April 21


Free beer!

Texas is "wide open for business" – unless you're an indie brewer

Despite the hype, in at least one industry Texas cannot currently claim to be “wide open for business.” When it comes to microbreweries and brewpubs, Texas’ latest free-market slogan would more accurately read, “Kind of allowing business” or simply, “Please stop doing that.”

While hundreds of microbreweries (or craft breweries) have blossomed in states like California (268), Colorado (130) and Michigan (102), Texas ranks 45th out of 51 states in microbreweries per capita according to a 2011 report by the Brewers Association, a national group for craft brewers. As of 2011, only 59 microbreweries called Texas home, despite the state’s historic beer-loving culture. I’m not talking about SXSW or Fiesta consumption, per se, but the ample number of German and Czech immigrants whose brewing techniques made Texas a pre-Prohibition beer haven and helped launch well-known Texas beer labels Shiner and Lone Star.

Why does Texas, the second most populous state, have 77 percent fewer professional craft brewers than the country’s most populous state? Especially when, according to Governor Rick Perry, our business climate is so vastly superior? In an answer that could come straight from Perry: Regulation.


Falling STAAR

Legislators likely to tweak the state's unpopular standardized tests again

Crying parents, precocious children, vengeful teachers, and eloquent administrators: just your average education committee hearings at the Texas capitol last Tuesday. State legislators in both the house and senate held separate hearings for the biannual airing of grievances against the state’s standardized testing system. This time the aggrieved may have found their most sympathetic audience yet, at least in the senate hearing, which focused solely on testing.

Most panelists agreed that the sheer number of tests have brought the education system to the breaking point. As one superintendent explained, under the current system a child in Texas public schools will take 35 standardized and benchmark tests from kindergarten through high-school graduation. The state also leads the nation in requiring students to pass 15 end-of-course examinations in order to graduate.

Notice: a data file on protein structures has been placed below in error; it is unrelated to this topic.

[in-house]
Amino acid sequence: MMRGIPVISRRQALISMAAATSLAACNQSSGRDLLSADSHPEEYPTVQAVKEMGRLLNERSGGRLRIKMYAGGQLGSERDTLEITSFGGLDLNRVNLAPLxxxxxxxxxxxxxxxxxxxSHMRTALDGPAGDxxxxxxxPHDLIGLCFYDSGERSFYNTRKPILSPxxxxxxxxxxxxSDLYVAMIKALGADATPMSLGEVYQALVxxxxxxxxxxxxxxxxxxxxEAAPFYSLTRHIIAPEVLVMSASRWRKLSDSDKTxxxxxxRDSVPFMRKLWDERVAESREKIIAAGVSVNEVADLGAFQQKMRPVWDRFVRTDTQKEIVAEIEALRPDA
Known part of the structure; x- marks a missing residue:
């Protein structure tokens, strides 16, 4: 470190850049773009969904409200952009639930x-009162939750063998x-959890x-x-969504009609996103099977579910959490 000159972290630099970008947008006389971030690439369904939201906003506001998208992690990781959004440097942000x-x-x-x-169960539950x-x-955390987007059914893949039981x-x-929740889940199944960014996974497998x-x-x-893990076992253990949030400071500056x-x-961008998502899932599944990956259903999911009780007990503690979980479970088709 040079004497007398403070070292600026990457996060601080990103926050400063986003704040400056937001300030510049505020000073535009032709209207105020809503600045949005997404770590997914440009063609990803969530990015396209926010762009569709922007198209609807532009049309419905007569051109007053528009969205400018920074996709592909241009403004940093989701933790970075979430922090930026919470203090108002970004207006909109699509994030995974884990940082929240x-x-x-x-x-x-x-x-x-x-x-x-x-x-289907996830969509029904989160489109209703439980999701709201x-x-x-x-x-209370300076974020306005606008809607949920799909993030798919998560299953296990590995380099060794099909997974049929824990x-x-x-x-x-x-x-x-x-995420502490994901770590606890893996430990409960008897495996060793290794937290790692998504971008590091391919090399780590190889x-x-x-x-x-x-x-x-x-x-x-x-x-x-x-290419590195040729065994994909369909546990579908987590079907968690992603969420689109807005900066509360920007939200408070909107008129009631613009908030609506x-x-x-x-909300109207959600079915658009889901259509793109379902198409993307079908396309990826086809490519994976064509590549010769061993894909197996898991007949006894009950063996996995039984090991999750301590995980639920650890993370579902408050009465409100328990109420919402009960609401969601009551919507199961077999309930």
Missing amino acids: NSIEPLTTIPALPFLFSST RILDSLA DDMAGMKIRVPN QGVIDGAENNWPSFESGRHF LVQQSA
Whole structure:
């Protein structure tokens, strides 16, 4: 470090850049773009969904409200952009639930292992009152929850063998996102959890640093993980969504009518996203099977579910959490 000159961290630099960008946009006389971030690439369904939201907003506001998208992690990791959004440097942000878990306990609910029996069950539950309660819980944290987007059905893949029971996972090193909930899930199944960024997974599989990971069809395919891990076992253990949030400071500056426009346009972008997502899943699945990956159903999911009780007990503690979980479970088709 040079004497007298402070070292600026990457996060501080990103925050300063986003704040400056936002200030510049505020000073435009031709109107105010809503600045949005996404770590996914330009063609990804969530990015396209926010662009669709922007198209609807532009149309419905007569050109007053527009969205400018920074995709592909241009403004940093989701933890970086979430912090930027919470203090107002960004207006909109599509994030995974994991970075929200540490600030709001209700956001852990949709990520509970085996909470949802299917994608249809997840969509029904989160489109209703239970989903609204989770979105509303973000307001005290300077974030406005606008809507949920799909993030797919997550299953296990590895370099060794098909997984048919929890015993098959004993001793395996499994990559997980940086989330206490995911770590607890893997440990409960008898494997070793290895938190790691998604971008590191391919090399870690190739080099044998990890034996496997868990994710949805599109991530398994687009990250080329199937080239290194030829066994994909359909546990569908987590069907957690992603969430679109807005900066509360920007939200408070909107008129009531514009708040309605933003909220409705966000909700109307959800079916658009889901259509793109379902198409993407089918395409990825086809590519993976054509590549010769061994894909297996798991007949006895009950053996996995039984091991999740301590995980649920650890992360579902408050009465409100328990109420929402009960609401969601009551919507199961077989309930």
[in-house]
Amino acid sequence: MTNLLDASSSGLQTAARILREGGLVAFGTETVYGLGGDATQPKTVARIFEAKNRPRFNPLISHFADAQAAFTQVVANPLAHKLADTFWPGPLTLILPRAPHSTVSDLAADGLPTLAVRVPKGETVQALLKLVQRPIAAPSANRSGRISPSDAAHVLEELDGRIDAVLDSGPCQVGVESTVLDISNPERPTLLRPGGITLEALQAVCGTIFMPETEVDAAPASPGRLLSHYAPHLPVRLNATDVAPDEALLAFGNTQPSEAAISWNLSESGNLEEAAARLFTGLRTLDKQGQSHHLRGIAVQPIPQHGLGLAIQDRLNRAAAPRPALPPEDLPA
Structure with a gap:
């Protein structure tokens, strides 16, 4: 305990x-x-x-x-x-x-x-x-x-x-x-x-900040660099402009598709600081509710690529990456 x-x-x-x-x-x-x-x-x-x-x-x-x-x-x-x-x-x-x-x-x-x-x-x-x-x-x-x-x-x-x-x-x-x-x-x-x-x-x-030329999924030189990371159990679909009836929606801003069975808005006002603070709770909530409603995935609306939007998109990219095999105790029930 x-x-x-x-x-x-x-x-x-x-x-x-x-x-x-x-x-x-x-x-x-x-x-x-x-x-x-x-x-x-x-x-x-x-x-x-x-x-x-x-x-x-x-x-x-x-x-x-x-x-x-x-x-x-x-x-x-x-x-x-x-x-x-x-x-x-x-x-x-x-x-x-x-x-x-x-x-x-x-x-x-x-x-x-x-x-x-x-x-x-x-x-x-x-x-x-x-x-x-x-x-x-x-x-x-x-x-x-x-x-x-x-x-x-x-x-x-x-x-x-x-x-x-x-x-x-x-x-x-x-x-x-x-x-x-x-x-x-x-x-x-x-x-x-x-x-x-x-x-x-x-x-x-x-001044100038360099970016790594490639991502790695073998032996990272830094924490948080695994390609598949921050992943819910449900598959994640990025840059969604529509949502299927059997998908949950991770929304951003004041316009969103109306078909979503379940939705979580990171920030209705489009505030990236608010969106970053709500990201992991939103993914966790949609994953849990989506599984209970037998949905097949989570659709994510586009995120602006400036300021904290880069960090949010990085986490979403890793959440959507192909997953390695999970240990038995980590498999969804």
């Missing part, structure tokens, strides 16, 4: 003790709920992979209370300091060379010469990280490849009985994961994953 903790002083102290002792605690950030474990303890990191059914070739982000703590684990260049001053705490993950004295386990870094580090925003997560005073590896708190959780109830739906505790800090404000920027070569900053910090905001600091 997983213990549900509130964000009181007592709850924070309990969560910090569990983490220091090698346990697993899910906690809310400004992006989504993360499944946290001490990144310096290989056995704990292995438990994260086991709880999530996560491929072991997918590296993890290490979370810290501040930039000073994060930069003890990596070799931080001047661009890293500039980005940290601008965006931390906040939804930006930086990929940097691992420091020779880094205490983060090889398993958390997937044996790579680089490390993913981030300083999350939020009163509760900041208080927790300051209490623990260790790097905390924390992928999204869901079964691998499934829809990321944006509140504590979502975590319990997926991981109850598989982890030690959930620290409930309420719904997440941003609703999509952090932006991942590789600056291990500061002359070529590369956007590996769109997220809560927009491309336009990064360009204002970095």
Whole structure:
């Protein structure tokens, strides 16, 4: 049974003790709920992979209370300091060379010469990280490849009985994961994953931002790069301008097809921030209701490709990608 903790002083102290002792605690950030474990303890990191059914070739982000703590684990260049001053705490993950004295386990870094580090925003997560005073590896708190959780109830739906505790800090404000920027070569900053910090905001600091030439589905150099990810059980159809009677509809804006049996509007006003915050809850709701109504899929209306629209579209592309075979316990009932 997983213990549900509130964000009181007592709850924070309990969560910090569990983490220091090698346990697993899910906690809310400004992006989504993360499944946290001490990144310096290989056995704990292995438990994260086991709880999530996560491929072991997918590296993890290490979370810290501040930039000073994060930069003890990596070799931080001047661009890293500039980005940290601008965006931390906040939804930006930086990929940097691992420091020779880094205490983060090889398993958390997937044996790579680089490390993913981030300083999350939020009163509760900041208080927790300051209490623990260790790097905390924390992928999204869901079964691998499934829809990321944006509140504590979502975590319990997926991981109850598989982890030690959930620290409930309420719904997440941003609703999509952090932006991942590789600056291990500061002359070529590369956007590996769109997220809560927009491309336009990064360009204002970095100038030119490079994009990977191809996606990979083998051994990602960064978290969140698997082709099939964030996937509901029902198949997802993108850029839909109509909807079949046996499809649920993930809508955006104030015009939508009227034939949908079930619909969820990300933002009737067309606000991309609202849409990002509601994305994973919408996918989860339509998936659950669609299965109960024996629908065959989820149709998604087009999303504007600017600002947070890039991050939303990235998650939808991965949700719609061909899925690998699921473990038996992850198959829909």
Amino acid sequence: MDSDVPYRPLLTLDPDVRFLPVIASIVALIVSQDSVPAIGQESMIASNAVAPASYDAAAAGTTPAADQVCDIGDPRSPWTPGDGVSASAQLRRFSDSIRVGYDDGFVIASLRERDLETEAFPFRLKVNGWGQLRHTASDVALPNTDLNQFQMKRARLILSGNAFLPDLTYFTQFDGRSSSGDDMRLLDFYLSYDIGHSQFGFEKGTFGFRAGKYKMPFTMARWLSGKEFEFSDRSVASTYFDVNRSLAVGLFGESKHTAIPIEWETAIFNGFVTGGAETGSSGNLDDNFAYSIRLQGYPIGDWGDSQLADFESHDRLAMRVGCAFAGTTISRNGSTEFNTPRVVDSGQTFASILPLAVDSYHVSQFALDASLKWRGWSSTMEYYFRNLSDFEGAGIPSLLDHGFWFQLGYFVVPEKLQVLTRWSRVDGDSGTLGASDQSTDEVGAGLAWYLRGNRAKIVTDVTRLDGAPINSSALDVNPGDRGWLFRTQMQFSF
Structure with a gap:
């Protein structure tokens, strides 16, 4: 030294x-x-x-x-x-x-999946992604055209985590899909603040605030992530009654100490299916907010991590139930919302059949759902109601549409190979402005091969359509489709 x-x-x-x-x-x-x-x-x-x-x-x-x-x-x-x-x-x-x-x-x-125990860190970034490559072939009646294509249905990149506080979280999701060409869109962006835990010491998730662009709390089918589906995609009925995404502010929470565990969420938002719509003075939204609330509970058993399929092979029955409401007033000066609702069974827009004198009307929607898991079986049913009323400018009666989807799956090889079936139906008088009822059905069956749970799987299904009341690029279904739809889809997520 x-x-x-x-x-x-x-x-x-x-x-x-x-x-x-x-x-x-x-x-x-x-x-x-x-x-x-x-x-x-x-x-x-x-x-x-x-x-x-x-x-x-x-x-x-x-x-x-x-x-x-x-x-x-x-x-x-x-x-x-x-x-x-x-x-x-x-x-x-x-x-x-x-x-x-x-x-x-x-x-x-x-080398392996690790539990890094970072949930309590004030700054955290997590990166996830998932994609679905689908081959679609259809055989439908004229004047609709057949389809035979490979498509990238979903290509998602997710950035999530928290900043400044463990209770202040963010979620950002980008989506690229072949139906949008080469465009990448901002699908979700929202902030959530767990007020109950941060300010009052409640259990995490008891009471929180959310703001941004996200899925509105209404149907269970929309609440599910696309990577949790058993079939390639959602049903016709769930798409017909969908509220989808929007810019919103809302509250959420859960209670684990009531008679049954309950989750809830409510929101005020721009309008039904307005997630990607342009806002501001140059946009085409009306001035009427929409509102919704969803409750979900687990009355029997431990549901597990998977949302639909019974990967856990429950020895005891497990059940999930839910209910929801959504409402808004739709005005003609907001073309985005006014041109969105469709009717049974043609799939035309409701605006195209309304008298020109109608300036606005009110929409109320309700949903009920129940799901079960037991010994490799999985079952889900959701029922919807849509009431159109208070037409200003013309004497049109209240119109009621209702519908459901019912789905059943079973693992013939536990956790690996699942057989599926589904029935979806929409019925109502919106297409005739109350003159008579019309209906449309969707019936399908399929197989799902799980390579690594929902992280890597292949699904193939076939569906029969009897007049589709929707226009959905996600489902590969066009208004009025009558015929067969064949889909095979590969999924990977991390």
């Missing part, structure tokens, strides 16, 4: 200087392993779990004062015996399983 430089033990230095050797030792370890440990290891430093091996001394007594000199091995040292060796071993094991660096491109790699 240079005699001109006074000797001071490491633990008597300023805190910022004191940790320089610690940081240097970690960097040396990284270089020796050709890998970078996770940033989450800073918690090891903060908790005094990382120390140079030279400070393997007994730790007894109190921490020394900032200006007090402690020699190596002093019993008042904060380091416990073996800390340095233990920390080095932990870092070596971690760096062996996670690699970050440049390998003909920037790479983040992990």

While the argument has gained new data and gravity, the fight itself goes back more than 30 years.


Are you experienced: Aspiration and overkill in D8

The most interesting question came late in the Monday-night forum for District 8 candidates Ron Nirenberg and Rolando Briones. Organized by a coalition known as the Northside Neighborhoods for Organized Development, the business-like debate featured a list of preselected questions that the contenders were allowed to cram for ahead of time. But with the prepared agenda dispatched early, moderator Chuck Saxer accepted impromptu questions from the audience. One of them was submitted with Briones alone in mind, and it went roughly like this:

How do you rationalize calling yourself a penny-pinching, minority small-businessman when you have a fleet of nice cars for your campaign, live in a fancy house, and donated $100,000 to St. George Episcopal Church?

For what it’s worth, Briones hit the low ball out of the park, turning a dig about class into a short disquisition on the still potent promise of the American dream.

“I didn’t plan that question. But I love that question. ... I absolutely love that question,” he said, before explaining that he grew up the child of working-class parents who sometimes relied on welfare and eventually became a successful business owner with 40 employees. He, his wife Krista, and two boys live in a nice (D8) neighborhood – check – and they’re planning to build a new home in the Dominion.